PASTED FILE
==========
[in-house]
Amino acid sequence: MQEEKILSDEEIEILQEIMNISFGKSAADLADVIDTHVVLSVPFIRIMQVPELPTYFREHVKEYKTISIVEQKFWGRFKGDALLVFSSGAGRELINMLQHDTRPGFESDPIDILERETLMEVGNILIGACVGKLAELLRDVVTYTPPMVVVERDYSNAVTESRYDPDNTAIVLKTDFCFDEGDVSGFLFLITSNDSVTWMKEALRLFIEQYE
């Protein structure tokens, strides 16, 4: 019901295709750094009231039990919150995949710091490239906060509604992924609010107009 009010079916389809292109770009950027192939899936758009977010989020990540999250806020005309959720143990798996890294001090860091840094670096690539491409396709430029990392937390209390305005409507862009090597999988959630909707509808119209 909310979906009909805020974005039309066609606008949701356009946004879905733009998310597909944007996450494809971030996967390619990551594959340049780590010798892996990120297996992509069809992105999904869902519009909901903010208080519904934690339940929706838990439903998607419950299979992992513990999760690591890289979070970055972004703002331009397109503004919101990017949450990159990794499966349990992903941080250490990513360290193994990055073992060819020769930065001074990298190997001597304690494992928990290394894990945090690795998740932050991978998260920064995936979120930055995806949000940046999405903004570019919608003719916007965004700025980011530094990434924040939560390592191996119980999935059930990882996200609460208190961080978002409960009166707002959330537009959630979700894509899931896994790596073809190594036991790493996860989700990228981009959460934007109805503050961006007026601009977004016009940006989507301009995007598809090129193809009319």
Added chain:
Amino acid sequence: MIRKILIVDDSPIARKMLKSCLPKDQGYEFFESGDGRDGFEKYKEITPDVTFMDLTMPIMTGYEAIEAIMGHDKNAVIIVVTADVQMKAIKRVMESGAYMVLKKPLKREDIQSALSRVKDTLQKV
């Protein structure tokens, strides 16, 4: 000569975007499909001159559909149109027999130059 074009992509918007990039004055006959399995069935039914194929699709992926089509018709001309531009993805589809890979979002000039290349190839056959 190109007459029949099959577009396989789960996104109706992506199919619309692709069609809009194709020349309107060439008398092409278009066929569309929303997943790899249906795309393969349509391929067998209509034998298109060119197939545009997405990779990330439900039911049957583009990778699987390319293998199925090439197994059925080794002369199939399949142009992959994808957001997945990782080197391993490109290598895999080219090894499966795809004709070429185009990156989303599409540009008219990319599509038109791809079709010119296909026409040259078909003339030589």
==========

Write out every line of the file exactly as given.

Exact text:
[in-house]
Amino acid sequence: MQEEKILSDEEIEILQEIMNISFGKSAADLADVIDTHVVLSVPFIRIMQVPELPTYFREHVKEYKTISIVEQKFWGRFKGDALLVFSSGAGRELINMLQHDTRPGFESDPIDILERETLMEVGNILIGACVGKLAELLRDVVTYTPPMVVVERDYSNAVTESRYDPDNTAIVLKTDFCFDEGDVSGFLFLITSNDSVTWMKEALRLFIEQYE
């Protein structure tokens, strides 16, 4: 019901295709750094009231039990919150995949710091490239906060509604992924609010107009 009010079916389809292109770009950027192939899936758009977010989020990540999250806020005309959720143990798996890294001090860091840094670096690539491409396709430029990392937390209390305005409507862009090597999988959630909707509808119209 909310979906009909805020974005039309066609606008949701356009946004879905733009998310597909944007996450494809971030996967390619990551594959340049780590010798892996990120297996992509069809992105999904869902519009909901903010208080519904934690339940929706838990439903998607419950299979992992513990999760690591890289979070970055972004703002331009397109503004919101990017949450990159990794499966349990992903941080250490990513360290193994990055073992060819020769930065001074990298190997001597304690494992928990290394894990945090690795998740932050991978998260920064995936979120930055995806949000940046999405903004570019919608003719916007965004700025980011530094990434924040939560390592191996119980999935059930990882996200609460208190961080978002409960009166707002959330537009959630979700894509899931896994790596073809190594036991790493996860989700990228981009959460934007109805503050961006007026601009977004016009940006989507301009995007598809090129193809009319």
Added chain:
Amino acid sequence: MIRKILIVDDSPIARKMLKSCLPKDQGYEFFESGDGRDGFEKYKEITPDVTFMDLTMPIMTGYEAIEAIMGHDKNAVIIVVTADVQMKAIKRVMESGAYMVLKKPLKREDIQSALSRVKDTLQKV
């Protein structure tokens, strides 16, 4: 000569975007499909001159559909149109027999130059 074009992509918007990039004055006959399995069935039914194929699709992926089509018709001309531009993805589809890979979002000039290349190839056959 190109007459029949099959577009396989789960996104109706992506199919619309692709069609809009194709020349309107060439008398092409278009066929569309929303997943790899249906795309393969349509391929067998209509034998298109060119197939545009997405990779990330439900039911049957583009990778699987390319293998199925090439197994059925080794002369199939399949142009992959994808957001997945990782080197391993490109290598895999080219090894499966795809004709070429185009990156989303599409540009008219990319599509038109791809079709010119296909026409040259078909003339030589």